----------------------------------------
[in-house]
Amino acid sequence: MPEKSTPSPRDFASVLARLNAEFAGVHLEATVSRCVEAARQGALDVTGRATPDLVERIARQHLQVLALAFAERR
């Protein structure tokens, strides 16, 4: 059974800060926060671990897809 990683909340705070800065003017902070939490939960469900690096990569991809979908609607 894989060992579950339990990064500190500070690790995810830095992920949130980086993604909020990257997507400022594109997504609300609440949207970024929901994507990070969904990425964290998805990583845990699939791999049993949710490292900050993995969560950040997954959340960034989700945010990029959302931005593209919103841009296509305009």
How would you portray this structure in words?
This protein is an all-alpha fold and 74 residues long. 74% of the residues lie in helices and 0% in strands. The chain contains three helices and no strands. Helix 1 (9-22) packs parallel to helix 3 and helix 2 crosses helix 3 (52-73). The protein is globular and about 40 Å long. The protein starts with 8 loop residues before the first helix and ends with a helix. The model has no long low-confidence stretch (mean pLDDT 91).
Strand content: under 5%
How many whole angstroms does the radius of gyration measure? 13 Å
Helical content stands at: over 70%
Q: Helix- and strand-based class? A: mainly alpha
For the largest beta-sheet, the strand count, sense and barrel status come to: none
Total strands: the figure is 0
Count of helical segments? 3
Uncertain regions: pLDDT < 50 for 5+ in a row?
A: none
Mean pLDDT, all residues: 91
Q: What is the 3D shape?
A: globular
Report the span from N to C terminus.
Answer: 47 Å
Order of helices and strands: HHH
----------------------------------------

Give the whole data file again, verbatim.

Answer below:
[in-house]
Amino acid sequence: MPEKSTPSPRDFASVLARLNAEFAGVHLEATVSRCVEAARQGALDVTGRATPDLVERIARQHLQVLALAFAERR
């Protein structure tokens, strides 16, 4: 059974800060926060671990897809 990683909340705070800065003017902070939490939960469900690096990569991809979908609607 894989060992579950339990990064500190500070690790995810830095992920949130980086993604909020990257997507400022594109997504609300609440949207970024929901994507990070969904990425964290998805990583845990699939791999049993949710490292900050993995969560950040997954959340960034989700945010990029959302931005593209919103841009296509305009």
How would you portray this structure in words?
This protein is an all-alpha fold and 74 residues long. 74% of the residues lie in helices and 0% in strands. The chain contains three helices and no strands. Helix 1 (9-22) packs parallel to helix 3 and helix 2 crosses helix 3 (52-73). The protein is globular and about 40 Å long. The protein starts with 8 loop residues before the first helix and ends with a helix. The model has no long low-confidence stretch (mean pLDDT 91).
Strand content: under 5%
How many whole angstroms does the radius of gyration measure? 13 Å
Helical content stands at: over 70%
Q: Helix- and strand-based class? A: mainly alpha
For the largest beta-sheet, the strand count, sense and barrel status come to: none
Total strands: the figure is 0
Count of helical segments? 3
Uncertain regions: pLDDT < 50 for 5+ in a row?
A: none
Mean pLDDT, all residues: 91
Q: What is the 3D shape?
A: globular
Report the span from N to C terminus.
Answer: 47 Å
Order of helices and strands: HHH